2012 Recipients of the Robert Noyce Pathway to Science Scholarships:
My name is Lisianna Emmett, eldest daughter of Terrell and Judy Cummings of Toxey, AL, a rural town in Choctaw County. Since August 2003, I have been married to Tony Emmett, and we have four four-legged children: Missy, Gypsy, Bridgette and Sally. My love of nature stems from my Daddy who moved us to a family farm when I was 10. Watching our sheep, goats, chickens, rabbits and gardens grow always fascinated me. Honestly, he is a little disappointed I'm not a veterinarian, but just slightly.
I believe science should be fun and engaging. I remember taking Integrated Science 6, a program put out by Alabama Public Television when I was in 6th grade. It engaged students with a video lesson where entertaining scientists explained and showed us the concepts we were learning, to keep us focused we had to answer questions while watching it, we had a discussion with our teacher afterwards, and at least once a week had a hands-on “lab” to reinforce our understanding. Sadly, the program went the way of many good ideas; it lost funding. However, this is the basic format I hope to use in my own classroom someday. I am a firm believer that there is more than one way to learn everything and that discovery is more important than memorization.
My name is Matthew Parkin and I am from a small town just north of Birmingham called Dora, Alabama. I have two older sisters, Melissa and Marie. I am a member of Providence Church of God where I sing on the praise team and help teach boys club on Wednesdays. I also sing bass in a quartet called the Providence quartet. I attended Corner High School, where I found a love for science. Not only did I find I love science, but also discovered that I am good at it. I graduated high school in 2007 and enrolled at Jacksonville State University majoring in biology. I transferred to the University of South Alabama in 2009 and graduated with a degree in biology in the spring of 2011.
I have spent the past two years in Mobile working in the food industry and when I heard about the University of South Alabama’s Noyce Pathway to Science scholarship program and I quickly jumped at the opportunity. I was still a little skeptical about teaching high school until I participated in the 10-week internship requirement of the program at Murphy High School teaching freshman biology. Ever since that experience, I have no doubt that I have found what I am supposed to do with my life. I feel like I can make a difference in the lives of many students. I would eventually like to go into administration and become a principal over a secondary school after a few years of teaching.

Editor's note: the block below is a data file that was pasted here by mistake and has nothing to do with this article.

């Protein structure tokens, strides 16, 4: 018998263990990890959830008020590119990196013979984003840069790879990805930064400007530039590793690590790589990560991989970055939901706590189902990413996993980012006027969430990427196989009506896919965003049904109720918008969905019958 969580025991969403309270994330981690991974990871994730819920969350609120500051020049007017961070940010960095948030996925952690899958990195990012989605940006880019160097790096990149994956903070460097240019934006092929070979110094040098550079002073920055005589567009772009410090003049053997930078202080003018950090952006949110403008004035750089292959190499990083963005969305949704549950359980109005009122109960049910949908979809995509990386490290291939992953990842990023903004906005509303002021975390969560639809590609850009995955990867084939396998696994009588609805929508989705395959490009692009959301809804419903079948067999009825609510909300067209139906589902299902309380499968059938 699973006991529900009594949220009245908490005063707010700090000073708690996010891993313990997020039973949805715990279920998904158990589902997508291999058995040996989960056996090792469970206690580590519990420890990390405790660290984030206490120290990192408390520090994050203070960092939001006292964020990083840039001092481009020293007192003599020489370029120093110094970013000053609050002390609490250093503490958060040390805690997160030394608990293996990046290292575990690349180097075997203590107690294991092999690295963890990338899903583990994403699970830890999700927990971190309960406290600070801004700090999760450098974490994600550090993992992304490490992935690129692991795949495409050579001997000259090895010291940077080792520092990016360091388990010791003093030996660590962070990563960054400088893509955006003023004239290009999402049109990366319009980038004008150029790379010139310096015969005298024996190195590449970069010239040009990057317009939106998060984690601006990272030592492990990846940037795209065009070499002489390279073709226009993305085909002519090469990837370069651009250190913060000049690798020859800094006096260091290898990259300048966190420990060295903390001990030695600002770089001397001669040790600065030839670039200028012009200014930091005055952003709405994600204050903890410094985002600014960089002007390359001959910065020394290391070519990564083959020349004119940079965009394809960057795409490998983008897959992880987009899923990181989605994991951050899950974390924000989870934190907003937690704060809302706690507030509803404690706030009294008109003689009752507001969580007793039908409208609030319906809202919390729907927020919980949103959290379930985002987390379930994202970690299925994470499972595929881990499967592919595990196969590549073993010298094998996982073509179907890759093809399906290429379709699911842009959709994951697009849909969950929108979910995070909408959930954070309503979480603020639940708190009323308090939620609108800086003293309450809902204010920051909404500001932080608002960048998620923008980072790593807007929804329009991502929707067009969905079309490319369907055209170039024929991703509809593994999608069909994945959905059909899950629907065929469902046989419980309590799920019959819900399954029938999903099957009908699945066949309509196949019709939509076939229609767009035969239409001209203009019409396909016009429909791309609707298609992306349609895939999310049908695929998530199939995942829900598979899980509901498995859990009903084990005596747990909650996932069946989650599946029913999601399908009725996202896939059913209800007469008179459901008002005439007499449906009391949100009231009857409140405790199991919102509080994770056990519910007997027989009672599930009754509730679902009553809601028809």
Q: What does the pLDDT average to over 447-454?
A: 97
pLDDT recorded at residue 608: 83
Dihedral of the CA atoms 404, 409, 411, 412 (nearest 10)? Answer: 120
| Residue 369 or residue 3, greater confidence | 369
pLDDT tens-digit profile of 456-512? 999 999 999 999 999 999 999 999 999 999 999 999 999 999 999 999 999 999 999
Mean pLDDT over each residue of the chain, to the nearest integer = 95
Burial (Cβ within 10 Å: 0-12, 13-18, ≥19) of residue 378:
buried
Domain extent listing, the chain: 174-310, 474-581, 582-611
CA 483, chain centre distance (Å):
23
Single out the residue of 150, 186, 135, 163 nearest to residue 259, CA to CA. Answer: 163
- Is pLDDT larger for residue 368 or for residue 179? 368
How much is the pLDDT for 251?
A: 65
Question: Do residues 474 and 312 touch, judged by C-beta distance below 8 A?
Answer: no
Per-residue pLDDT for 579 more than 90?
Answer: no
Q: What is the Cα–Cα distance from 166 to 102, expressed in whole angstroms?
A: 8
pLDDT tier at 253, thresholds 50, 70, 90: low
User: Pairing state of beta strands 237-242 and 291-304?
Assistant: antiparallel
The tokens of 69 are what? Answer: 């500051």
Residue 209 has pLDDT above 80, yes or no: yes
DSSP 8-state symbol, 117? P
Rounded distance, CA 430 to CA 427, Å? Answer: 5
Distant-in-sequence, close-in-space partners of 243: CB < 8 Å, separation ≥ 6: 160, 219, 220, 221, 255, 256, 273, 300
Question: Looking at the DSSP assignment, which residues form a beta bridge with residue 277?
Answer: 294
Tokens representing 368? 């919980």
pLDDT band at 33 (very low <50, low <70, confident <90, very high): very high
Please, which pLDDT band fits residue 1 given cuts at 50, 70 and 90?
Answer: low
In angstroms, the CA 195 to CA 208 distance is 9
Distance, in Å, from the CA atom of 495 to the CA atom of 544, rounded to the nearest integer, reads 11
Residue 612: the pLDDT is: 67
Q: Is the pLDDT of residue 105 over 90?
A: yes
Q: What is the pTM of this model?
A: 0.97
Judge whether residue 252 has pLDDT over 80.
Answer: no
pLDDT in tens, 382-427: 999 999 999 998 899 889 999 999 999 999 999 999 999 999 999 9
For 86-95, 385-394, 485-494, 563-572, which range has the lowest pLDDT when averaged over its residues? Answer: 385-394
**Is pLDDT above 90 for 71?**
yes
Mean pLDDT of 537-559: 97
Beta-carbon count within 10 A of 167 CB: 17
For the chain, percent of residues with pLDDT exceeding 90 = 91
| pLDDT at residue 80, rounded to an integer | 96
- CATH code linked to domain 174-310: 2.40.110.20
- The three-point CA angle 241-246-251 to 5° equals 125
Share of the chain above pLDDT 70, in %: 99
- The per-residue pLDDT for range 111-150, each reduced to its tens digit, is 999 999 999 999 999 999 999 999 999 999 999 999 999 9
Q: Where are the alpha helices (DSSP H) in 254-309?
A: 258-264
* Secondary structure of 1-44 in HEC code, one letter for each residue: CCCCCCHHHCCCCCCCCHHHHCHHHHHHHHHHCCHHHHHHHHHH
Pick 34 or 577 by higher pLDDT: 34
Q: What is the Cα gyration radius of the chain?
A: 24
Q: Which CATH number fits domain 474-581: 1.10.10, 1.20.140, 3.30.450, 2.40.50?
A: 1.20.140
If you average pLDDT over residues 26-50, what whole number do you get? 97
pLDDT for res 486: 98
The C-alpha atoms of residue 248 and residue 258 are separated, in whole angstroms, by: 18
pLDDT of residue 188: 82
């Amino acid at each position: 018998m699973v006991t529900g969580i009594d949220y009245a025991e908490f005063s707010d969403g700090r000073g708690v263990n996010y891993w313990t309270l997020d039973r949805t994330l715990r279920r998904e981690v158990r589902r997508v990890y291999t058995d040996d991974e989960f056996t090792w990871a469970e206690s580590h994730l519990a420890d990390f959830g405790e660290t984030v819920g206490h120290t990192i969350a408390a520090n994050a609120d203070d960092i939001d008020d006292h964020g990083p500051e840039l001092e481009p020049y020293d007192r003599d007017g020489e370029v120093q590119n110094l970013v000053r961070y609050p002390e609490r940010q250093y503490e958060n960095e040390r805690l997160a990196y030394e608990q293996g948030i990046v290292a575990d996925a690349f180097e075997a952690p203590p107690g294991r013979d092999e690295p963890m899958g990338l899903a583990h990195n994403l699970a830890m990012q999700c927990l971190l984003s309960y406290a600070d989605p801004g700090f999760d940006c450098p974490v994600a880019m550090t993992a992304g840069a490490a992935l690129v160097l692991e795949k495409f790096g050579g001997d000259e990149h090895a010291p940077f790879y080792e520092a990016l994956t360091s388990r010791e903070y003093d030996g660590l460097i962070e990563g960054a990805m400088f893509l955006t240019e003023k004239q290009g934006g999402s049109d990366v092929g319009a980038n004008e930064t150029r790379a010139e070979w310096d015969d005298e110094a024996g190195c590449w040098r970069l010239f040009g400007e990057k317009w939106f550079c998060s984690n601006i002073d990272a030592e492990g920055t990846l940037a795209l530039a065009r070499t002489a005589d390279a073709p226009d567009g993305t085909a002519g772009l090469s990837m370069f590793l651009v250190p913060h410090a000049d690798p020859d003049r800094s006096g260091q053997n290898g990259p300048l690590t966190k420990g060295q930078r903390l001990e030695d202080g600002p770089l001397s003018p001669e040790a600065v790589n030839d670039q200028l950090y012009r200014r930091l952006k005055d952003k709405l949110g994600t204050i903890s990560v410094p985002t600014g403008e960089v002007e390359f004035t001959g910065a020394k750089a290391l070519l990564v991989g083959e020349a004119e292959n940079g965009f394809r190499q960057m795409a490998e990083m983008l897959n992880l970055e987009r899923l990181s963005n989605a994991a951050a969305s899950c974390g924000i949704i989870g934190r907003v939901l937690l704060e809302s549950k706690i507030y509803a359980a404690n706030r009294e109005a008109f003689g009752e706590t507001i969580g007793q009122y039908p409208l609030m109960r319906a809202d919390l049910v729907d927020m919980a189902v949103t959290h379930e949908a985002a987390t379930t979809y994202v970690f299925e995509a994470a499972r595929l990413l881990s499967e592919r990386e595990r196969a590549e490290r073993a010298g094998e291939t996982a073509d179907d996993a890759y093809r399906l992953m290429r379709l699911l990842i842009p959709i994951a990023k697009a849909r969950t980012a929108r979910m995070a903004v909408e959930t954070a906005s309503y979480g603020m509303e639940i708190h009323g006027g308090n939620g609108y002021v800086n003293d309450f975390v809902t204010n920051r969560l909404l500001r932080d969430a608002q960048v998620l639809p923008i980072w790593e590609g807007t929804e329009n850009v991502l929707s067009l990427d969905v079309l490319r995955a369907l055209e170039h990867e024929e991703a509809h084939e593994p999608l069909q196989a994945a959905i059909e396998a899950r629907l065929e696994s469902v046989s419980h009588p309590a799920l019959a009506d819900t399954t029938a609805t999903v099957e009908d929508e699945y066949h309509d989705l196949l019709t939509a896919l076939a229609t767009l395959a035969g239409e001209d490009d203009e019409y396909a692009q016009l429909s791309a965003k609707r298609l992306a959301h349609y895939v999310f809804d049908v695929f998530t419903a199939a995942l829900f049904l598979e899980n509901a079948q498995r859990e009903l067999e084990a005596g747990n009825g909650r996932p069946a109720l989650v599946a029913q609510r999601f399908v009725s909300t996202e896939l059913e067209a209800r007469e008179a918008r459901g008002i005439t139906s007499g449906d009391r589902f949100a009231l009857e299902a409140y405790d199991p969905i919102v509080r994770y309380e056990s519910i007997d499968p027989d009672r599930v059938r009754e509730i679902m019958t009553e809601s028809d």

I have always loved science and math and I found a perfect fit for my talents in Chemical Engineering. I received a B.S. degree from the University of California in 1980. I worked for Chevron Research Company for 12 years and I loved it. After I got married, my husband wanted me to work with him in his real estate business, so I left my job at Chevron and started a new career in property management. At this point in my life, with my children grown, I am ready for a new challenge.
I have two children in college at Ole Miss, and a third is a sophomore in high school. Every time I visited my kids at school I was struck by the energy of the place. I felt invigorated being around these young people and I knew that when I was ready to go back to work it would be in teaching.
I completed the internship for the Noyce Scholarship at Davidson High School in Mobile, AL. This internship totally cemented the notion that teaching is the right choice for me. The internship was a wonderful, exciting, and yes, sometimes nerve racking experience. High school students are the perfect age for me. These are young people who are trying to learn how to be adults and have a lot of important decisions to make at this stage in their lives. I feel like I can assist them in making some of the right choices for many students make some heartbreakingly bad choices. A good teacher can make all the difference in the world to students and I feel that I can be that teacher.